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A long-time Cheektowaga Sanitation Department worker has pleaded guilty in State Supreme Court to stealing money from the town, as a months-long investigation into a kick-back scheme came to a head this week.

Anthony Terranova, 52, a town employee for nearly 30 years, pleaded guilty Wednesday to one count of petit larceny before acting State Supreme Court Justice John P. Lane, Erie County Deputy District Attorney Christopher J. Belling said Thursday.

Another worker also is expected to take a plea deal on Monday.

Terranova is among the four Cheektowaga garbage truck drivers that police and the Erie County district attorney's office have been investigating for several months after the four were accused of making side deals with local businesses.

The drivers were accused of providing extra dumpster pickups, without reporting them, so the businesses wouldn't be billed. The businesses would then give the drivers kickbacks -- either cash, store discounts or food from the establishment.

It's still unclear what will happen to the two other workers being investigated. None of the businesses will be criminally prosecuted, Belling added.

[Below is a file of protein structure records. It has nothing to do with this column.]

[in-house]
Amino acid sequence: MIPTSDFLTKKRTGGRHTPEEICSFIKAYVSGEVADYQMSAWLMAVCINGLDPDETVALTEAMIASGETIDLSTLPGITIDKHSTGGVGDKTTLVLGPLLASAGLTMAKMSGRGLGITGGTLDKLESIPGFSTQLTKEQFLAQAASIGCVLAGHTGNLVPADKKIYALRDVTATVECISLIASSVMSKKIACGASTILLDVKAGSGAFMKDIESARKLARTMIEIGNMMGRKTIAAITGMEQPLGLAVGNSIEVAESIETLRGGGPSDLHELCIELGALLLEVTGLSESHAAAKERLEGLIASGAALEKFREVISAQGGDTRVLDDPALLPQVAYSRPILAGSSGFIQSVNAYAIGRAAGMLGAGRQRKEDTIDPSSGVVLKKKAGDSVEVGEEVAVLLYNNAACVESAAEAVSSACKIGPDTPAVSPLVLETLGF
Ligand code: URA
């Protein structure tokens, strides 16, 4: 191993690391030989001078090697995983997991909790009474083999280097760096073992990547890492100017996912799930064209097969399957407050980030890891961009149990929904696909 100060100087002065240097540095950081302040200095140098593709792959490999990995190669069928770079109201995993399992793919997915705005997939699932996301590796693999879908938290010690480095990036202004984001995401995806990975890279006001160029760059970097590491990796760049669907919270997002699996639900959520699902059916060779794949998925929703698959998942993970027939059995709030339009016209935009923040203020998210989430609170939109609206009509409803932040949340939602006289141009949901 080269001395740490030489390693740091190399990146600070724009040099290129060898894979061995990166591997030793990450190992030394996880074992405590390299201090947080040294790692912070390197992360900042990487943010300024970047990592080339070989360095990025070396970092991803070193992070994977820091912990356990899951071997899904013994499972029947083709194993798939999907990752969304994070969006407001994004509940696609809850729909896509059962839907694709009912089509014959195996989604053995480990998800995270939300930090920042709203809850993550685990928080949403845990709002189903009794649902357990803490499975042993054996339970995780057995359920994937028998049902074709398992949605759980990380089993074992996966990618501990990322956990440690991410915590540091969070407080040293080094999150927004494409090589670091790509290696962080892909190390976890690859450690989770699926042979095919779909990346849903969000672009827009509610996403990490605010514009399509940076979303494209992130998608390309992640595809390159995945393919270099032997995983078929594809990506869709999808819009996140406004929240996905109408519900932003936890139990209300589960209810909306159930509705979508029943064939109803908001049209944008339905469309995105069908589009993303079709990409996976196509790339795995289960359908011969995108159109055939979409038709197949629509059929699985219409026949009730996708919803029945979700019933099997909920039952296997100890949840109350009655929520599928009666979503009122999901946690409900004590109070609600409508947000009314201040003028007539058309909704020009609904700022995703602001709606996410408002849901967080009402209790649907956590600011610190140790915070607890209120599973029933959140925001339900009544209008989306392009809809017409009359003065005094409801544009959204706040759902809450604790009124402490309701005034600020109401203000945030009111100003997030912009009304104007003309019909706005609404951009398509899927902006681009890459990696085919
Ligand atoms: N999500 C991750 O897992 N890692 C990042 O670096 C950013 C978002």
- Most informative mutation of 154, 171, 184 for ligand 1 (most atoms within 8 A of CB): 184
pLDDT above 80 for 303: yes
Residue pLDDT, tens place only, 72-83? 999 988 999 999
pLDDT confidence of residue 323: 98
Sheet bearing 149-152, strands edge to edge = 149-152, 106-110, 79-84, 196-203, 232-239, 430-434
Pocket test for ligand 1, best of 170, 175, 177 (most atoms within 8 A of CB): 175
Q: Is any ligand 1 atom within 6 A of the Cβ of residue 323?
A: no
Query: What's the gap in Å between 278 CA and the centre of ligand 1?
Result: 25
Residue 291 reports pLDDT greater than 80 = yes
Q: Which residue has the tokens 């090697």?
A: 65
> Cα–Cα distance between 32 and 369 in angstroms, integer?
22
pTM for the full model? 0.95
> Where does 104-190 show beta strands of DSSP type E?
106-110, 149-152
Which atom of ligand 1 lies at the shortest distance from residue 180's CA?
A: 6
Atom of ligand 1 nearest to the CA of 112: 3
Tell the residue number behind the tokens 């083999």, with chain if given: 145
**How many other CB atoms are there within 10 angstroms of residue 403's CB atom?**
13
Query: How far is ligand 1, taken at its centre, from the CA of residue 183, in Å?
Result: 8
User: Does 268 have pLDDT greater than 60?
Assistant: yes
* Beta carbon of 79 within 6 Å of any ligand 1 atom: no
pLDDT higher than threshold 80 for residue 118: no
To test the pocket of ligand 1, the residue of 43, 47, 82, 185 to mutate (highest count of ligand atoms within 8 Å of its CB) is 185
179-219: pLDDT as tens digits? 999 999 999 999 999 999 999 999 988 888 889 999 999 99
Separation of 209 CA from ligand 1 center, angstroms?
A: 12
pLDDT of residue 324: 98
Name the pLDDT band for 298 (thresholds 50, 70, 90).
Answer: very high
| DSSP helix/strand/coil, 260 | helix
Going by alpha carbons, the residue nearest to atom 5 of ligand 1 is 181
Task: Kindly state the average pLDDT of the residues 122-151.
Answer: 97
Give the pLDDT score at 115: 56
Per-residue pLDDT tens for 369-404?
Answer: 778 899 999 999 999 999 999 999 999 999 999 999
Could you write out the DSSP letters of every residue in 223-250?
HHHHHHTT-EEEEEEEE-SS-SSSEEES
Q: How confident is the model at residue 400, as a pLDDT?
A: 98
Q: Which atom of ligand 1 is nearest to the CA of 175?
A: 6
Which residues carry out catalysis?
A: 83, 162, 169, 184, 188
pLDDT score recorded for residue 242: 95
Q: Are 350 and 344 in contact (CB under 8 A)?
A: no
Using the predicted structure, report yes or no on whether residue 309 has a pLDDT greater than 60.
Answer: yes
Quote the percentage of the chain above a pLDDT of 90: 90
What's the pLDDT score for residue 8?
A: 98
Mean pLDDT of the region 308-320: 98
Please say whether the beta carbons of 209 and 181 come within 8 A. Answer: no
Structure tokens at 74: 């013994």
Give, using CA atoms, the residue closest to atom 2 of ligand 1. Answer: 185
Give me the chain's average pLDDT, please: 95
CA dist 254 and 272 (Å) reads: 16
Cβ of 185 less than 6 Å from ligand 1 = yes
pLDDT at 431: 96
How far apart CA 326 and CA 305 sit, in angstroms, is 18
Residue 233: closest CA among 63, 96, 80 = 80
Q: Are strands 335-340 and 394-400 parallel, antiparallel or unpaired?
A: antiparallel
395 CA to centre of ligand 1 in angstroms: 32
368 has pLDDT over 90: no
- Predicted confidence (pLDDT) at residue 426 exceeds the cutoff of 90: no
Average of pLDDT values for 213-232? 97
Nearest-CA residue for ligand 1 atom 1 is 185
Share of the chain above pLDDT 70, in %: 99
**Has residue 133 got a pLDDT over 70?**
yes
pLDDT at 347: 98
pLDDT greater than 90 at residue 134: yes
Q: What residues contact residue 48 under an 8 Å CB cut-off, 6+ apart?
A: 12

Terranova, meanwhile, will be sentenced Oct. 21, Belling said. The misdemeanor charge carries a maximum sentence of a year in jail, a $1,000 fine or both.

Terranova, who has worked for the town since 1969 and the Sanitation Department since 1979, has no criminal record, said his attorney Mark G. Farrell.

"He is extremely remorseful and trying to put his life back together," Farrell said Thursday. "He probably knew it was wrong, but never realized it could amount to this."

This case was sent to an Erie County grand jury this summer, but Terranova took a plea deal before the jury decided whether to hand out indictments. Town officials accused Terranova of siphoning thousands of dollars in revenue away from the town by conducting many side deals with several businesses over the years. However, Terranova -- as part of the plea deal -- pleaded guilty to one count of petit larceny, reflecting side deals with just one Cheektowaga business from 1995 to 1998.

The town is seeking repayment from Terranova. Cheektowaga claims Terranova owes the town more than $20,000, Belling said.

"The whole issue of restitution is being discussed," Belling said. "He will be paying a significant amount of restitution to the town."

"Our major goal and concern right now is to recover taxpayer money," said Frank C. Max Jr., interim Sanitation Department chief who asked police to investigate the matter in February.

The four initially were suspended with pay, but town officials sent them back to work in April until the matter was resolved.

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